Online multiplayer is an interesting addition, but all of the issues from the ground-based combat and controls stick out even more once real-life enemies attack from all sides. The Light vs. Dark mode is a more interesting alternative to straight up six-player deathmatch, tasking each squad with protecting a version of Pit once the team's resources have dwindled; but whatever the mode, the ill-refined controls and combat make it more an amusing aside than a worthy point of fixation.
Were that strange mix of excitement and tedium paired with a forgettable tale or flat aesthetics, Kid Icarus might be quickly forgotten as a well-intentioned portable misfire. But Uprising so perfectly nails its audio and visual design that it still makes an incredibly strong impression.
Showing a much keener eye for witty repartee than perhaps anything Nintendo's shipped to date, Pit's fully voiced exchanges play out like an elaborate radio drama in the backdrop. While you zip around, Pit chats with Palutena and various other allies and foes, dropping solid jokes and curious references, all delivered with a ton of skill and enthusiasm. Better yet, the soundtrack is stunning – a blend of orchestral, rock, and synth tracks that deftly matches the on-screen action while amazingly feeling both wickedly diverse and totally cohesive.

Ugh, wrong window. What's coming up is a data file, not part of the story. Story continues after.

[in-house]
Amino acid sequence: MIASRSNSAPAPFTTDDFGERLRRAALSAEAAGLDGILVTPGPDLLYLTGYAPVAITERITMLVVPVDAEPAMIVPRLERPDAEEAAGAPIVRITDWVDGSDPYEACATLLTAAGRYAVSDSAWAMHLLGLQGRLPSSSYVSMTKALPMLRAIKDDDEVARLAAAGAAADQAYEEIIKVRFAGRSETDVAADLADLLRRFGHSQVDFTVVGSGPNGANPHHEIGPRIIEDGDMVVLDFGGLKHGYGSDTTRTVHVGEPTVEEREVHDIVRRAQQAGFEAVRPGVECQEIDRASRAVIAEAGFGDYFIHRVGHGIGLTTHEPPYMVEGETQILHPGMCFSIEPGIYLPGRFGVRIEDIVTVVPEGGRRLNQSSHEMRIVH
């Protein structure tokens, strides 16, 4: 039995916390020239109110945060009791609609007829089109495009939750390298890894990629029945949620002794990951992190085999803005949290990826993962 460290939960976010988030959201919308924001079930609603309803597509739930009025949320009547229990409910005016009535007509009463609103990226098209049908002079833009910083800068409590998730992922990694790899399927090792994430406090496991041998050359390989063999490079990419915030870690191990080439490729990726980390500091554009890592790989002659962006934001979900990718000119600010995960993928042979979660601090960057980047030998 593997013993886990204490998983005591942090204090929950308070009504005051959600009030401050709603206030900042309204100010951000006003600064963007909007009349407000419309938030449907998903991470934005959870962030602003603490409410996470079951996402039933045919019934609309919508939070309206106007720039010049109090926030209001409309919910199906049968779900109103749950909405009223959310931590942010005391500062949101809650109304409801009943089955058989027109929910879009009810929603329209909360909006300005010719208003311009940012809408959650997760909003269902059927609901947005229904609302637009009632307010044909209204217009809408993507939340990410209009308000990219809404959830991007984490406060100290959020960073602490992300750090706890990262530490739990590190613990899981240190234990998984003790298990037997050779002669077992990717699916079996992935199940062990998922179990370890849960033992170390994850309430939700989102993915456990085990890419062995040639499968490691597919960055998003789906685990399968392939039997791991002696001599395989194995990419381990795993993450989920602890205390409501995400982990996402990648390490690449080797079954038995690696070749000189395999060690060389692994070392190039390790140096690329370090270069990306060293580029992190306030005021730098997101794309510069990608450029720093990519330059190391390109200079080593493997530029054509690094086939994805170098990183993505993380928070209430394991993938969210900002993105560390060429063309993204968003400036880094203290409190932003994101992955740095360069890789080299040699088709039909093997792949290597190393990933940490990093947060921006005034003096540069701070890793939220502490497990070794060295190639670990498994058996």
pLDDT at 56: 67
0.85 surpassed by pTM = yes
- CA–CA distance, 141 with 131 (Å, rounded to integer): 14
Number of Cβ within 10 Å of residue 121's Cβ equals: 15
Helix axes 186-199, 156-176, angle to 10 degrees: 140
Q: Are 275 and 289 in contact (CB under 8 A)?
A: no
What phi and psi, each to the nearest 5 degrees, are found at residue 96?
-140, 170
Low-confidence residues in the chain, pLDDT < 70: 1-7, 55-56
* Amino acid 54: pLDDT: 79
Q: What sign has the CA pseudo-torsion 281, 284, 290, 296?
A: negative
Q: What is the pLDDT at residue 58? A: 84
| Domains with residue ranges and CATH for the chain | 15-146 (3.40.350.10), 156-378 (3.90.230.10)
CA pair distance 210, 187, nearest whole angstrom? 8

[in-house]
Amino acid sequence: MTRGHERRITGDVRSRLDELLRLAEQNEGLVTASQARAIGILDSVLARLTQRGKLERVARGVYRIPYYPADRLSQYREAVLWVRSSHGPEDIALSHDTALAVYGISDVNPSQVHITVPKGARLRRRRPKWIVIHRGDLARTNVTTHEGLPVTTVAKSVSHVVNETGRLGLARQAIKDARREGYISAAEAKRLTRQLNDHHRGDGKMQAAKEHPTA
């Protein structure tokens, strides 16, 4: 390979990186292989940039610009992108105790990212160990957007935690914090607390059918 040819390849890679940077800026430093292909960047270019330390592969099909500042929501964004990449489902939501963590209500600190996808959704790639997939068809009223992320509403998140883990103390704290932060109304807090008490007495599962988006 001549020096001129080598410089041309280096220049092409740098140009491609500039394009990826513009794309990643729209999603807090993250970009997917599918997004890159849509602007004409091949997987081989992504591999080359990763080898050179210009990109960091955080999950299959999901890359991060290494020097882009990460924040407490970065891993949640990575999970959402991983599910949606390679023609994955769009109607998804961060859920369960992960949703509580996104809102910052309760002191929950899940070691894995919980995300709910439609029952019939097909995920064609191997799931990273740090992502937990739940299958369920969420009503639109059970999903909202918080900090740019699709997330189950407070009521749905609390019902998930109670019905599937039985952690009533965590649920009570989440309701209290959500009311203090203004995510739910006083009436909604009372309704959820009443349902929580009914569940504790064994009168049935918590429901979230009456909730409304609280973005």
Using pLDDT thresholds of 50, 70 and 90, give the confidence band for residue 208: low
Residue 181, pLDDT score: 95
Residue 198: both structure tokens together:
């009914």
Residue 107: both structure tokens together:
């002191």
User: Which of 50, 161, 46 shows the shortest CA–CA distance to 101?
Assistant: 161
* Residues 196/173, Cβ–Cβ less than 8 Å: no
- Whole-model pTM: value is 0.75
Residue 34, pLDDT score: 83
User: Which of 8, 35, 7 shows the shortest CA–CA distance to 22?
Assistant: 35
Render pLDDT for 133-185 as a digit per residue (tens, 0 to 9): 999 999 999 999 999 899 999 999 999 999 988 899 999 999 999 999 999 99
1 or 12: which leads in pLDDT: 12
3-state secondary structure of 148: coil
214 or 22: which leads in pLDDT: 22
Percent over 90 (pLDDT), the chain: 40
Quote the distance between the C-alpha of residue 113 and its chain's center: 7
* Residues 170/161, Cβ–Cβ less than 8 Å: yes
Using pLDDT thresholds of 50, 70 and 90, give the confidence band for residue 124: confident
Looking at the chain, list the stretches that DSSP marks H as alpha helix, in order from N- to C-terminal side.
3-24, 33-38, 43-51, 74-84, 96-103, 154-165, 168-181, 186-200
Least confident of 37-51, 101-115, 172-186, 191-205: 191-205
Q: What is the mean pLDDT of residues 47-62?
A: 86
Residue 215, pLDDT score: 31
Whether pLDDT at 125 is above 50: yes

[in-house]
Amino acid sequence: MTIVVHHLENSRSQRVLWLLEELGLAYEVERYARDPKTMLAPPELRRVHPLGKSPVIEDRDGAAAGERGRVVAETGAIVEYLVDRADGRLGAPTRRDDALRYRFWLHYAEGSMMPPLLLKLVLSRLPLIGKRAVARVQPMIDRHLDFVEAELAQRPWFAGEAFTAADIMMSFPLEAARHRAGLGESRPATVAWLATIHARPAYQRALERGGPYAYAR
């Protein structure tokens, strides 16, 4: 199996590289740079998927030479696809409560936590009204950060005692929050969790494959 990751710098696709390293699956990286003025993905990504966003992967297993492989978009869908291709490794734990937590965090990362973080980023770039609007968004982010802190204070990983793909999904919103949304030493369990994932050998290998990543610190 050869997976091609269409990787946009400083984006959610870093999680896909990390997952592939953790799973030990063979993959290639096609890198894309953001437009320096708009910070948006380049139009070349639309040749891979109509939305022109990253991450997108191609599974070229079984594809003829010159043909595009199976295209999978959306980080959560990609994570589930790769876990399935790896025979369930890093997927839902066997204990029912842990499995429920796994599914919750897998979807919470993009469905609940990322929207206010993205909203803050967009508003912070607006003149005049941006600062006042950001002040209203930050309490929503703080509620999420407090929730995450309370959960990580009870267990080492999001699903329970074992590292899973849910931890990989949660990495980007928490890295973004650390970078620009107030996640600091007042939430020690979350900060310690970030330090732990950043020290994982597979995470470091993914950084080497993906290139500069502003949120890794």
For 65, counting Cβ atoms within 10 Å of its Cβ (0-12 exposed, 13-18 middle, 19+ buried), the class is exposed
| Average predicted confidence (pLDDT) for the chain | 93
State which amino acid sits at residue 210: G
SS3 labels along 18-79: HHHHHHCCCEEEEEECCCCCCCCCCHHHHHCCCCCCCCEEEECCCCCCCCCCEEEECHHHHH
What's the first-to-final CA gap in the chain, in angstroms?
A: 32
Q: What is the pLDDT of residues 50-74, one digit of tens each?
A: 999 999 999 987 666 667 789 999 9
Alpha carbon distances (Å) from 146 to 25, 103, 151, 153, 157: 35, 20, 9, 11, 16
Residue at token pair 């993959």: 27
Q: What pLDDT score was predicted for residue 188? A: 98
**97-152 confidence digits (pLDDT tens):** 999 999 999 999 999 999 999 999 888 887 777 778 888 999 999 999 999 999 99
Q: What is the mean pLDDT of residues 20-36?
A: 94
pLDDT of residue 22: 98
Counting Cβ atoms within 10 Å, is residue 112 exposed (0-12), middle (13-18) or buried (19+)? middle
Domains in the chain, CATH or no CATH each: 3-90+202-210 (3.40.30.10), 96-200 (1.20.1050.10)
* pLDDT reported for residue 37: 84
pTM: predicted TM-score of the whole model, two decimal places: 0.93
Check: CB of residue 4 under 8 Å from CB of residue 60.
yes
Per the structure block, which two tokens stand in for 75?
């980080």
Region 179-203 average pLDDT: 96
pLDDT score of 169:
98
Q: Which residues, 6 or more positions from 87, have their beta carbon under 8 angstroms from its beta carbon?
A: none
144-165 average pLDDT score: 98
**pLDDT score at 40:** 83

And the art design is aces, as well, with some tremendously creative stages and gorgeous vistas in the game, plus a 3D effect that – while not necessarily essential – strongly amplifies the fantastical sights. Paired with a overall tone that blends intense action with dramatic storytelling, silly one-liners, and some hilarious enemies (like one that turns Pit into a walking tempura shrimp and attempts to eat him), Kid Icarus: Uprising strikes an original chord that resonates throughout and elevates the at-times middling action.
Spotty but Stellar
Pit's return is bogged down in parts by inept controls and dull, overlong ground combat scenarios, but Kid Icarus: Uprising can't help but stand out on the whole thanks to thoroughly excellent aesthetics, plus short-but-sweet shooting segments. It's an uneven revival, no doubt, but Uprising is also one of the most self-assured and impactful Nintendo 3DS titles to date, despite its weaker elements too regularly softening the buzz.